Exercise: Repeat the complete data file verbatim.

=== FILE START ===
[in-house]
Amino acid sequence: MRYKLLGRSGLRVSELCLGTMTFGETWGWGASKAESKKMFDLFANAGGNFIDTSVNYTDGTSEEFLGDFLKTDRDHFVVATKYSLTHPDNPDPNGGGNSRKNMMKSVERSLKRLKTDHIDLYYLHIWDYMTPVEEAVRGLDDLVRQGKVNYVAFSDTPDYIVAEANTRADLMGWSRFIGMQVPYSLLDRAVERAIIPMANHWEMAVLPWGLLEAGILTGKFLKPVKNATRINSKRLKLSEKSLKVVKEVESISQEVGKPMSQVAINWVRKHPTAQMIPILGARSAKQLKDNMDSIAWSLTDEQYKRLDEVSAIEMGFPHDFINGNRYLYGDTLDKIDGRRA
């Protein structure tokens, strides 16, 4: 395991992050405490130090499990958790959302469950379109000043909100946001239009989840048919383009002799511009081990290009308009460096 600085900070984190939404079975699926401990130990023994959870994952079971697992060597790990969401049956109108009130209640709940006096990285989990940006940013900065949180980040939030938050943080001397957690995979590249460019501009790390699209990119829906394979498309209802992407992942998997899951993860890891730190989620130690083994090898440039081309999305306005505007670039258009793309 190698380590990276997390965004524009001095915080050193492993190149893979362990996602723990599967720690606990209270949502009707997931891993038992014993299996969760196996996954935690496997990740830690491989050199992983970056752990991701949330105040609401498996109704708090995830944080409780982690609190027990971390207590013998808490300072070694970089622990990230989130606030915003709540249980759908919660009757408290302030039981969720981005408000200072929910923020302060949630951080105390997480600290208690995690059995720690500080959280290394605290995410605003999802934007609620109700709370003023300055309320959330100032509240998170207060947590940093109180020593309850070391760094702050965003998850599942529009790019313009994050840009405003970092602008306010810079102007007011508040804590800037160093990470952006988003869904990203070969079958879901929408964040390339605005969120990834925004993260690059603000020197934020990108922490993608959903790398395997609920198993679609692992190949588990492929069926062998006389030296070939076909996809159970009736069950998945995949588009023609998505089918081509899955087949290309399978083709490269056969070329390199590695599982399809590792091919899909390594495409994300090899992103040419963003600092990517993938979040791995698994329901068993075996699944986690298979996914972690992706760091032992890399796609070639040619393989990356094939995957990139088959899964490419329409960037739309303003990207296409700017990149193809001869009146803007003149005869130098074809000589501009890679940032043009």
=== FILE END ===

[in-house]
Amino acid sequence: MRYKLLGRSGLRVSELCLGTMTFGETWGWGASKAESKKMFDLFANAGGNFIDTSVNYTDGTSEEFLGDFLKTDRDHFVVATKYSLTHPDNPDPNGGGNSRKNMMKSVERSLKRLKTDHIDLYYLHIWDYMTPVEEAVRGLDDLVRQGKVNYVAFSDTPDYIVAEANTRADLMGWSRFIGMQVPYSLLDRAVERAIIPMANHWEMAVLPWGLLEAGILTGKFLKPVKNATRINSKRLKLSEKSLKVVKEVESISQEVGKPMSQVAINWVRKHPTAQMIPILGARSAKQLKDNMDSIAWSLTDEQYKRLDEVSAIEMGFPHDFINGNRYLYGDTLDKIDGRRA
């Protein structure tokens, strides 16, 4: 395991992050405490130090499990958790959302469950379109000043909100946001239009989840048919383009002799511009081990290009308009460096 600085900070984190939404079975699926401990130990023994959870994952079971697992060597790990969401049956109108009130209640709940006096990285989990940006940013900065949180980040939030938050943080001397957690995979590249460019501009790390699209990119829906394979498309209802992407992942998997899951993860890891730190989620130690083994090898440039081309999305306005505007670039258009793309 190698380590990276997390965004524009001095915080050193492993190149893979362990996602723990599967720690606990209270949502009707997931891993038992014993299996969760196996996954935690496997990740830690491989050199992983970056752990991701949330105040609401498996109704708090995830944080409780982690609190027990971390207590013998808490300072070694970089622990990230989130606030915003709540249980759908919660009757408290302030039981969720981005408000200072929910923020302060949630951080105390997480600290208690995690059995720690500080959280290394605290995410605003999802934007609620109700709370003023300055309320959330100032509240998170207060947590940093109180020593309850070391760094702050965003998850599942529009790019313009994050840009405003970092602008306010810079102007007011508040804590800037160093990470952006988003869904990203070969079958879901929408964040390339605005969120990834925004993260690059603000020197934020990108922490993608959903790398395997609920198993679609692992190949588990492929069926062998006389030296070939076909996809159970009736069950998945995949588009023609998505089918081509899955087949290309399978083709490269056969070329390199590695599982399809590792091919899909390594495409994300090899992103040419963003600092990517993938979040791995698994329901068993075996699944986690298979996914972690992706760091032992890399796609070639040619393989990356094939995957990139088959899964490419329409960037739309303003990207296409700017990149193809001869009146803007003149005869130098074809000589501009890679940032043009």